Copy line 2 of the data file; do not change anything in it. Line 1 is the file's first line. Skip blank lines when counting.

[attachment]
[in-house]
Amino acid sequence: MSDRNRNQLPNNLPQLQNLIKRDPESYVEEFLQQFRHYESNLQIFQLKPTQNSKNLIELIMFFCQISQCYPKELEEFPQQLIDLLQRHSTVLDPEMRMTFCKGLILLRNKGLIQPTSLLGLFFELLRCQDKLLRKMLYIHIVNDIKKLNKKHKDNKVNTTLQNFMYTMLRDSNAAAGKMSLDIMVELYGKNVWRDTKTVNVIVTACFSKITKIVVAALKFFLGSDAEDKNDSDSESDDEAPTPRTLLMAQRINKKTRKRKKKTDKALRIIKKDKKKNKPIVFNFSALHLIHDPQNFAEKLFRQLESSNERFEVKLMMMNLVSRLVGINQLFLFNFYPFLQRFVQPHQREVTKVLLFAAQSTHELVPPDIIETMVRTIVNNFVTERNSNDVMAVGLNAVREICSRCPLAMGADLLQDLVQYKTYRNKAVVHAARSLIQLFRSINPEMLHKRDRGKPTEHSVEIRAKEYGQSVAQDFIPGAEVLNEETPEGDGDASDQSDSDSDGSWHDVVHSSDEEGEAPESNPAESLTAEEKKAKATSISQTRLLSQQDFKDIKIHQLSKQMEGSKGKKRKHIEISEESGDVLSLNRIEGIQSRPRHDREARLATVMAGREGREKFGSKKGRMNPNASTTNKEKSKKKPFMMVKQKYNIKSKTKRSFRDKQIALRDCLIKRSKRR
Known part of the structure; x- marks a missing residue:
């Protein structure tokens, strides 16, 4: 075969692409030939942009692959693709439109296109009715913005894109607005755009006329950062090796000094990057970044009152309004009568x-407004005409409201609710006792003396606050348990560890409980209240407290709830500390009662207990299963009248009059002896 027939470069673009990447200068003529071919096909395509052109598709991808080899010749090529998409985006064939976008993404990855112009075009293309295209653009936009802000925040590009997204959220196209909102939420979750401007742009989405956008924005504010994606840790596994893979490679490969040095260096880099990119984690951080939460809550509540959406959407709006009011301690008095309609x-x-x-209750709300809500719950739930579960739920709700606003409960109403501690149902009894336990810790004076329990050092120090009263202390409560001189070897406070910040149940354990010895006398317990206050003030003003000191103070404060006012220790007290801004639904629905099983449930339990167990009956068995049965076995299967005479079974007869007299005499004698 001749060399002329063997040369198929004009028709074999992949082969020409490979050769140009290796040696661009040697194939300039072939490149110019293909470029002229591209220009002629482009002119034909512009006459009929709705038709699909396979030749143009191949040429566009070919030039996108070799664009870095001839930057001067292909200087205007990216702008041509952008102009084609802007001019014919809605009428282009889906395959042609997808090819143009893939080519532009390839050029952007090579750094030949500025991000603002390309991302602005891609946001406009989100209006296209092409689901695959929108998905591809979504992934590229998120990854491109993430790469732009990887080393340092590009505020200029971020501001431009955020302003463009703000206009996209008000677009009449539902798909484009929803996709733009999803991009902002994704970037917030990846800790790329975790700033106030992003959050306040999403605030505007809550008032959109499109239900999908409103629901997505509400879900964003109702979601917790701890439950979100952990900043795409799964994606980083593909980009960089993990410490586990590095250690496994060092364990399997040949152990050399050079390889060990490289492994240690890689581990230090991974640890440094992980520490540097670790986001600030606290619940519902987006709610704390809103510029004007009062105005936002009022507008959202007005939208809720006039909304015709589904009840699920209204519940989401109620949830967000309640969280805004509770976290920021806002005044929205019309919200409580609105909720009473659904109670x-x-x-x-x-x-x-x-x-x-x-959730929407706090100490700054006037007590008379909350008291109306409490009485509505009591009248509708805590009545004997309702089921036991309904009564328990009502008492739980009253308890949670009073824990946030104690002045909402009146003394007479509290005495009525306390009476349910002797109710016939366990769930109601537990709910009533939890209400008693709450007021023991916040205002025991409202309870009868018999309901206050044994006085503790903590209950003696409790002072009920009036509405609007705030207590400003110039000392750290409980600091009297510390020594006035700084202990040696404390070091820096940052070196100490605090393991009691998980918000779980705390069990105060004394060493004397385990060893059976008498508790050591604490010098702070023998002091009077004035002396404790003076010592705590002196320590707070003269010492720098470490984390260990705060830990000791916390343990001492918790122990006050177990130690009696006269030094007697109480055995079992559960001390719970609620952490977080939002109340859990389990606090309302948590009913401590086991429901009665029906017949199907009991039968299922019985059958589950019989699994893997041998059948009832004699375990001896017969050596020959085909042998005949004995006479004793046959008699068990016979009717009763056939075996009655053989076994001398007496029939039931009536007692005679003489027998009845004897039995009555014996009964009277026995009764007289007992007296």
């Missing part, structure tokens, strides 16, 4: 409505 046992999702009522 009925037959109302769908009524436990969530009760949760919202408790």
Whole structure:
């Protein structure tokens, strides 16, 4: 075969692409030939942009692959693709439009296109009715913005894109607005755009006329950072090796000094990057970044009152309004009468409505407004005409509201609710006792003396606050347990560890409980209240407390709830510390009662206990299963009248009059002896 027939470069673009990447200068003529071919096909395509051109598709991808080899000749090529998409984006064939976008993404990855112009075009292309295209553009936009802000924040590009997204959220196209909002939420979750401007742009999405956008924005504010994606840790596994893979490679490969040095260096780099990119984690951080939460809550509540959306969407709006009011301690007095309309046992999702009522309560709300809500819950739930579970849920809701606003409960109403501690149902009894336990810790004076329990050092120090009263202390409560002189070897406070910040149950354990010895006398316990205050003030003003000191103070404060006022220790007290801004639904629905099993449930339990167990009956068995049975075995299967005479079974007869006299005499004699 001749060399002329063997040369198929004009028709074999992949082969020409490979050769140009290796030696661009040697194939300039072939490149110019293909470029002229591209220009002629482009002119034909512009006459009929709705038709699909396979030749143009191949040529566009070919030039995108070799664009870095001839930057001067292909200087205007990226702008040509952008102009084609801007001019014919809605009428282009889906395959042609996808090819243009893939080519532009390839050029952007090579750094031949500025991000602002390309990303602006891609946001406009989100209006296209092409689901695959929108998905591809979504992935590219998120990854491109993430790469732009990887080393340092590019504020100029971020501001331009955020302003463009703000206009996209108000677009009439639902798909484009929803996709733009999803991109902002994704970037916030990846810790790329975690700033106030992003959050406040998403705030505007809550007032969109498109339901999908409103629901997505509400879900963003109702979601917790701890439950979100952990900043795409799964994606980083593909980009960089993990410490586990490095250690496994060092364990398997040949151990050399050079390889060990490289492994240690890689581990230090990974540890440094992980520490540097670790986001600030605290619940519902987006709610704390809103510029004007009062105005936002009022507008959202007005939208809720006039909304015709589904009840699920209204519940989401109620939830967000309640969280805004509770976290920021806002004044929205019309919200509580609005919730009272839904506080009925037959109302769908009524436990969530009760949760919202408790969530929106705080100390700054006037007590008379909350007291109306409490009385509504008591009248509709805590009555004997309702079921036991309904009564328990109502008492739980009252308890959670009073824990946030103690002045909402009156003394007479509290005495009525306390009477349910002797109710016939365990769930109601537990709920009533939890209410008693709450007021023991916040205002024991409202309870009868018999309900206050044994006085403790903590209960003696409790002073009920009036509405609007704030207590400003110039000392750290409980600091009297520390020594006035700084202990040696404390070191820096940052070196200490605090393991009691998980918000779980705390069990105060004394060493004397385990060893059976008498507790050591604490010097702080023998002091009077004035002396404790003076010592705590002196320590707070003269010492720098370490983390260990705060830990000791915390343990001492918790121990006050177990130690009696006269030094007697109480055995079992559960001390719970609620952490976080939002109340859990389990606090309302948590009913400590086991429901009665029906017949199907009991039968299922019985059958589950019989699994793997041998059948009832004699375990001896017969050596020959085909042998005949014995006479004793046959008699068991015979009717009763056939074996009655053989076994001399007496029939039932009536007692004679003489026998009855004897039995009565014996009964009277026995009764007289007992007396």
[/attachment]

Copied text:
Amino acid sequence: MSDRNRNQLPNNLPQLQNLIKRDPESYVEEFLQQFRHYESNLQIFQLKPTQNSKNLIELIMFFCQISQCYPKELEEFPQQLIDLLQRHSTVLDPEMRMTFCKGLILLRNKGLIQPTSLLGLFFELLRCQDKLLRKMLYIHIVNDIKKLNKKHKDNKVNTTLQNFMYTMLRDSNAAAGKMSLDIMVELYGKNVWRDTKTVNVIVTACFSKITKIVVAALKFFLGSDAEDKNDSDSESDDEAPTPRTLLMAQRINKKTRKRKKKTDKALRIIKKDKKKNKPIVFNFSALHLIHDPQNFAEKLFRQLESSNERFEVKLMMMNLVSRLVGINQLFLFNFYPFLQRFVQPHQREVTKVLLFAAQSTHELVPPDIIETMVRTIVNNFVTERNSNDVMAVGLNAVREICSRCPLAMGADLLQDLVQYKTYRNKAVVHAARSLIQLFRSINPEMLHKRDRGKPTEHSVEIRAKEYGQSVAQDFIPGAEVLNEETPEGDGDASDQSDSDSDGSWHDVVHSSDEEGEAPESNPAESLTAEEKKAKATSISQTRLLSQQDFKDIKIHQLSKQMEGSKGKKRKHIEISEESGDVLSLNRIEGIQSRPRHDREARLATVMAGREGREKFGSKKGRMNPNASTTNKEKSKKKPFMMVKQKYNIKSKTKRSFRDKQIALRDCLIKRSKRR